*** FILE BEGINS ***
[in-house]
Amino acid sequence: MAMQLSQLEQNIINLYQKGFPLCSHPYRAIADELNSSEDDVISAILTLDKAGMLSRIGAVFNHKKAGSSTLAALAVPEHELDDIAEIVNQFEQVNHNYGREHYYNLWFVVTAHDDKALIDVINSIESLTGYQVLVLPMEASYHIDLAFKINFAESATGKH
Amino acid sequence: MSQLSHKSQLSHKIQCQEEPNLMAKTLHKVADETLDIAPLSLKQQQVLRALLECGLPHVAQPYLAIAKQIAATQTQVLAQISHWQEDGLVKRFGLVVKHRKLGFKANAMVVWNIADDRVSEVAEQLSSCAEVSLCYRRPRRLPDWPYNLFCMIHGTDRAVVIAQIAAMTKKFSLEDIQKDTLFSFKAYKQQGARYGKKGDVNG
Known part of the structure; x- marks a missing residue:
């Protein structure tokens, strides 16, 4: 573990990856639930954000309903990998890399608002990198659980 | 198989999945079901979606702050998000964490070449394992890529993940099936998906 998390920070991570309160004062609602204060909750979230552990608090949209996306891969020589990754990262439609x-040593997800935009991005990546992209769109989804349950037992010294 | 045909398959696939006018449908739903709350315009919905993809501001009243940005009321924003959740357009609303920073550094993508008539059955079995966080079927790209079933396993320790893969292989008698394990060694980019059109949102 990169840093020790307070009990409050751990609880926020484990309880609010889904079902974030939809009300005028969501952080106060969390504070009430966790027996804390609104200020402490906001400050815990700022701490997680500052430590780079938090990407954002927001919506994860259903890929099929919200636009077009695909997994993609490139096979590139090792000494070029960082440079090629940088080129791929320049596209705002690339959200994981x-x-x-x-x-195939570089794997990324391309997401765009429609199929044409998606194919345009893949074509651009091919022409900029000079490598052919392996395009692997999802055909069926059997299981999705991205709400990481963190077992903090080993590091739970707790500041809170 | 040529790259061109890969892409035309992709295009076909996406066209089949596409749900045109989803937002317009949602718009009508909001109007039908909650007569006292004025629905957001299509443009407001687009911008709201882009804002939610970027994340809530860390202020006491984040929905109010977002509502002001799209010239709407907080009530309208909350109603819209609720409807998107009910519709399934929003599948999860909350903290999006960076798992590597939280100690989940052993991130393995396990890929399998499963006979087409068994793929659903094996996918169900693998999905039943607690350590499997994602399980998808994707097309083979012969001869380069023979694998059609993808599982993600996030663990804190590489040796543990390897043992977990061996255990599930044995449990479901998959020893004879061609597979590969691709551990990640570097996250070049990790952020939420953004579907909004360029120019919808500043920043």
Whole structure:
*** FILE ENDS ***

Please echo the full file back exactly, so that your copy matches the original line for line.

[in-house]
Amino acid sequence: MAMQLSQLEQNIINLYQKGFPLCSHPYRAIADELNSSEDDVISAILTLDKAGMLSRIGAVFNHKKAGSSTLAALAVPEHELDDIAEIVNQFEQVNHNYGREHYYNLWFVVTAHDDKALIDVINSIESLTGYQVLVLPMEASYHIDLAFKINFAESATGKH
Amino acid sequence: MSQLSHKSQLSHKIQCQEEPNLMAKTLHKVADETLDIAPLSLKQQQVLRALLECGLPHVAQPYLAIAKQIAATQTQVLAQISHWQEDGLVKRFGLVVKHRKLGFKANAMVVWNIADDRVSEVAEQLSSCAEVSLCYRRPRRLPDWPYNLFCMIHGTDRAVVIAQIAAMTKKFSLEDIQKDTLFSFKAYKQQGARYGKKGDVNG
Known part of the structure; x- marks a missing residue:
């Protein structure tokens, strides 16, 4: 573990990856639930954000309903990998890399608002990198659980 | 198989999945079901979606702050998000964490070449394992890529993940099936998906 998390920070991570309160004062609602204060909750979230552990608090949209996306891969020589990754990262439609x-040593997800935009991005990546992209769109989804349950037992010294 | 045909398959696939006018449908739903709350315009919905993809501001009243940005009321924003959740357009609303920073550094993508008539059955079995966080079927790209079933396993320790893969292989008698394990060694980019059109949102 990169840093020790307070009990409050751990609880926020484990309880609010889904079902974030939809009300005028969501952080106060969390504070009430966790027996804390609104200020402490906001400050815990700022701490997680500052430590780079938090990407954002927001919506994860259903890929099929919200636009077009695909997994993609490139096979590139090792000494070029960082440079090629940088080129791929320049596209705002690339959200994981x-x-x-x-x-195939570089794997990324391309997401765009429609199929044409998606194919345009893949074509651009091919022409900029000079490598052919392996395009692997999802055909069926059997299981999705991205709400990481963190077992903090080993590091739970707790500041809170 | 040529790259061109890969892409035309992709295009076909996406066209089949596409749900045109989803937002317009949602718009009508909001109007039908909650007569006292004025629905957001299509443009407001687009911008709201882009804002939610970027994340809530860390202020006491984040929905109010977002509502002001799209010239709407907080009530309208909350109603819209609720409807998107009910519709399934929003599948999860909350903290999006960076798992590597939280100690989940052993991130393995396990890929399998499963006979087409068994793929659903094996996918169900693998999905039943607690350590499997994602399980998808994707097309083979012969001869380069023979694998059609993808599982993600996030663990804190590489040796543990390897043992977990061996255990599930044995449990479901998959020893004879061609597979590969691709551990990640570097996250070049990790952020939420953004579907909004360029120019919808500043920043």
Whole structure: